Hera – our Adopt a Wreck Project

The Nautical Archaeological Society run a project called 'Adopt a Wreck', we have adopted the Hera and will document as much info as we can find about the ship and subsequent wreck.

We upload a lot of pictures and information to a Facebook Page we have created.

Hera on Facebook

The Hera was a 4 mast 280ft long steel barque, that foundered in rough weather on the 30th January 1914. Her cargo was 30,000 British Pounds worth of nitrate from Chile, a valuable cargo for the time. When it sank in 15-18m only her masts and rigging remained above water, the crew were clinging to the wet ropes for their lives. With one whistle between them, they passed it along and blew in turn until the Falmouth lifeboat, guided by the whistle rescued the survivors.

The wreck now lies a few hundred metres north of Gull rock, east of Nare head in 15-18m of water.

Specifications :-

  • Built in 1886 by J. C. Tecklenborg
  • Owned by Rhederi Aktien
  • Previously named Richard Wagner
  • Displacement – 1.994 ton
  • Dimensions 276x41x23 ft.
  • On route – Pisagua, Chile for Falmouth (91 days).

Nineteen sailors washed ashore and were buried in a massgrave in Veryan churchyard, five sailors survived.

Taken from the Submerged website – http://www.submerged.co.uk/hera.php

Written by Peter Mitchell on July 4, 2007

Gull Rock to the east of Falmouth in Veryan Bay, sticks out of the water like the hump of a Sea Dragon. It is so prominent that you would think that it would be easy to avoid. But the sea always lays traps for the unwary, and on the night of 1st of February 1914 Gull rock claimed a victim, the German steel barque Hera.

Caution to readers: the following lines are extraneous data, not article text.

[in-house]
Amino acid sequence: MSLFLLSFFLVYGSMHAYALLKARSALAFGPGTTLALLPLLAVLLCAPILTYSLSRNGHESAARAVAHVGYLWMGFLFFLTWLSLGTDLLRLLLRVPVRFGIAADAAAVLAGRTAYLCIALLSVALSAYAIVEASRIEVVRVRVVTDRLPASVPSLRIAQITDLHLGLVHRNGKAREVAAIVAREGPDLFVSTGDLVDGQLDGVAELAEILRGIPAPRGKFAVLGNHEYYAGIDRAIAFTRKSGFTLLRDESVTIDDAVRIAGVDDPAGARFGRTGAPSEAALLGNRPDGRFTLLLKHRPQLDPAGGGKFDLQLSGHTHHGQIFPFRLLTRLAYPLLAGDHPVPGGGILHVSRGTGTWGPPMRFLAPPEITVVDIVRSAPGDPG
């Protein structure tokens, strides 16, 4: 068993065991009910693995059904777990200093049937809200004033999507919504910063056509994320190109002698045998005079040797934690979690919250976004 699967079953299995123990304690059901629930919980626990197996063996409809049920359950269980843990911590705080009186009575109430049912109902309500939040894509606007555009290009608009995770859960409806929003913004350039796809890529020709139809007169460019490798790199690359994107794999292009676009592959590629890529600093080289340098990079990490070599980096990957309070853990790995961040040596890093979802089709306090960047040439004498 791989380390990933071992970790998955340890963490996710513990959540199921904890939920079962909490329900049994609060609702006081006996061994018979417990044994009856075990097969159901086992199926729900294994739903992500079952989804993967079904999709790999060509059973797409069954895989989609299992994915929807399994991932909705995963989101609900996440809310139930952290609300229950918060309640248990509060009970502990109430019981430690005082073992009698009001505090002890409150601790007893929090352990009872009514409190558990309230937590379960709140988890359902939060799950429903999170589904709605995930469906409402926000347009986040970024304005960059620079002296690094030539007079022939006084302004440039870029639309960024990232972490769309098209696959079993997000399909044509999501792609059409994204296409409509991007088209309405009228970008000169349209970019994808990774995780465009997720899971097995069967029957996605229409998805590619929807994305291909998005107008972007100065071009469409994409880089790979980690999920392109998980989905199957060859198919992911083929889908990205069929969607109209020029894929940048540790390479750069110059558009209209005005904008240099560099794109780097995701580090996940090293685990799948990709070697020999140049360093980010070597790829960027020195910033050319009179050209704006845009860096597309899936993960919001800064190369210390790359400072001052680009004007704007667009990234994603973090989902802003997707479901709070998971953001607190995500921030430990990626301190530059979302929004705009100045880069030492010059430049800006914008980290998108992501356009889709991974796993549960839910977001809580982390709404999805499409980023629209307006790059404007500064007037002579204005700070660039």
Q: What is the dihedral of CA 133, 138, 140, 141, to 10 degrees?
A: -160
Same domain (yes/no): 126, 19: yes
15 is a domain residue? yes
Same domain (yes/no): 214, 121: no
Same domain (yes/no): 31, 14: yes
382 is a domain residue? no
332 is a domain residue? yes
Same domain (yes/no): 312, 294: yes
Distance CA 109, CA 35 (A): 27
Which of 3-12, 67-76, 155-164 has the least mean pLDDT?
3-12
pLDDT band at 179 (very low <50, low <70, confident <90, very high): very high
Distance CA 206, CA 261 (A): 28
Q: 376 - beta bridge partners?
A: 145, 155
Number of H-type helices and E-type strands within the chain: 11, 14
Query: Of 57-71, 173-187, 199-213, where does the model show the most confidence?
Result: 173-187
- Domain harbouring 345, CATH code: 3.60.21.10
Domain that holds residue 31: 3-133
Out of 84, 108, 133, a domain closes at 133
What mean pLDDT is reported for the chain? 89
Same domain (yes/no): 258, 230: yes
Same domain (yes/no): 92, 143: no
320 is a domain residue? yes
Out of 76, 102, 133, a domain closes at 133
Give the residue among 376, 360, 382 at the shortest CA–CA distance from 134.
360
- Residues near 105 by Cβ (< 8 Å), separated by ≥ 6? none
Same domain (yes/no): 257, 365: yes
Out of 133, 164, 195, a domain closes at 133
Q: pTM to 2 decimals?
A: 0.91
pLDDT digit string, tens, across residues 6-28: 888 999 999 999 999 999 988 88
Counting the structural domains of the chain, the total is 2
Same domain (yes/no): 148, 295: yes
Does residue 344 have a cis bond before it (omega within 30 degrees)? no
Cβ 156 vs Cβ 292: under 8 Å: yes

Originally a British owned vessel called the Richard Wagner, the 1994 ton Hera was owned by Rhederei Aktien of Hamburg, who also owned the ill fated square rigger, Pindos wrecked on the Manacles in 1912. On that February night the Hera was 91 days out of Pisaqua loaded with Chilien nitrates, and closing the Lizard. The weather was rough with a gale blowing, and Captain Lorentz was unsure as to his exact position. He thought to sail slowly into Falmouth bay and pick up the flash of either St. Anthony's light or the Lizard. As dusk fell the weather steadily worsened and as the hours passed they still saw no shore lights. At about midnight the second mate reported land ahead. Captain Lorentz ordered the Hera put about, but the ship was slow to answer the helm and seconds later the Hera was impaled on Gull Rock about a quarter of a mile off Nare Head.

Distress rockets were fired and lifeboats manned, but the ship suddenly rolled forwards and as she settled by her head, the port boat capsized and Captain Lorentz and three men disappeared. After an attempt to free the starboard boat failed the Chief Officer led the crew up into the rigging to escape the seas that were now sweeping over the boat.

As the Hera sank deeper the crew had to climb further up the rigging and soon they were in a dreadful state. Cold and exhaustion soon carried of the Chief Mate and shortly after the Second Mate, Peterson also gave up and slipped into the sea. Before he went he passed over his ships whistle to one of the seamen just above him on the mast.